Kevin Staut is a serious competitor, victorious in Paris and a regular on the podium in these trials. He shot off with Ayade de Septon (Wandor vd Mispelaere), but they too were unable to avoid a fault, although they still managed a magnificent round and finished with a fine third place.

The rankings wouldn’t change again: Bertram Allen won the challenge for the third time, with the two Frenchmen completing the podium. And in total there were five French riders among the top seven.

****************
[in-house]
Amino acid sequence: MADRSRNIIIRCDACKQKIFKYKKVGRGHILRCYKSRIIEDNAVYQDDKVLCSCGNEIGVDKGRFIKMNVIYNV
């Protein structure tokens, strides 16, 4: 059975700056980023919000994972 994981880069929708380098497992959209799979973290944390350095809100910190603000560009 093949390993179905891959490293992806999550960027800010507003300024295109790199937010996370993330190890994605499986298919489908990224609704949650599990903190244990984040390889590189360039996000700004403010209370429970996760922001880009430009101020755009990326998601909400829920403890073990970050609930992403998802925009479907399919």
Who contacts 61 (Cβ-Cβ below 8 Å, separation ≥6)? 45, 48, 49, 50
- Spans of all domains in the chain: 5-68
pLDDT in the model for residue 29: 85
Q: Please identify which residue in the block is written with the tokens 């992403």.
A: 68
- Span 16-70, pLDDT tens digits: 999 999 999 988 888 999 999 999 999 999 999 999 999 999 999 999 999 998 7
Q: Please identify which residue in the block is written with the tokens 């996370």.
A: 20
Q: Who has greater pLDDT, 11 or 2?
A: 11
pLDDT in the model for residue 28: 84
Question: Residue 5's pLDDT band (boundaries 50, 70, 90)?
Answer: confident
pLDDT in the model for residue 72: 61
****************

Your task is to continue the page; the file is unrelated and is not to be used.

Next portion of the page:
“I wasn’t completely confident before the challenge because my horse wasn’t very well on arriving here. He had a skin reaction, and I couldn’t have ridden him yesterday. Eventually, it was much better today, and we were able to start, but I had nowhere to hide. Happily, we had a great round from the start, with a super rhythm all the way. Obviously, you’re always a little nervous with riders like Patrice and Kevin behind you, but it turned out well in the end. It’s true that I pulled back a bit in the final line and that someone could always have done something special behind me, but to be faster and fault-free today it was really necessary to take a lot of risks. That was also what made me so happy, along with the crowd here which is really very enthusiastic, but my round really went as I’d planned it and that way really pleasing. I’m very happy to be able to come back here. I missed the competition last year, and I really like this place. Then to come back here with a horse as competitive as when I had Quiet Easy in the past, that’s really brilliant,” said the Irishman, who had brought his younger brother with him. It seems that after Bertram and Harry, the Allen family still has plenty more surprises in store for us.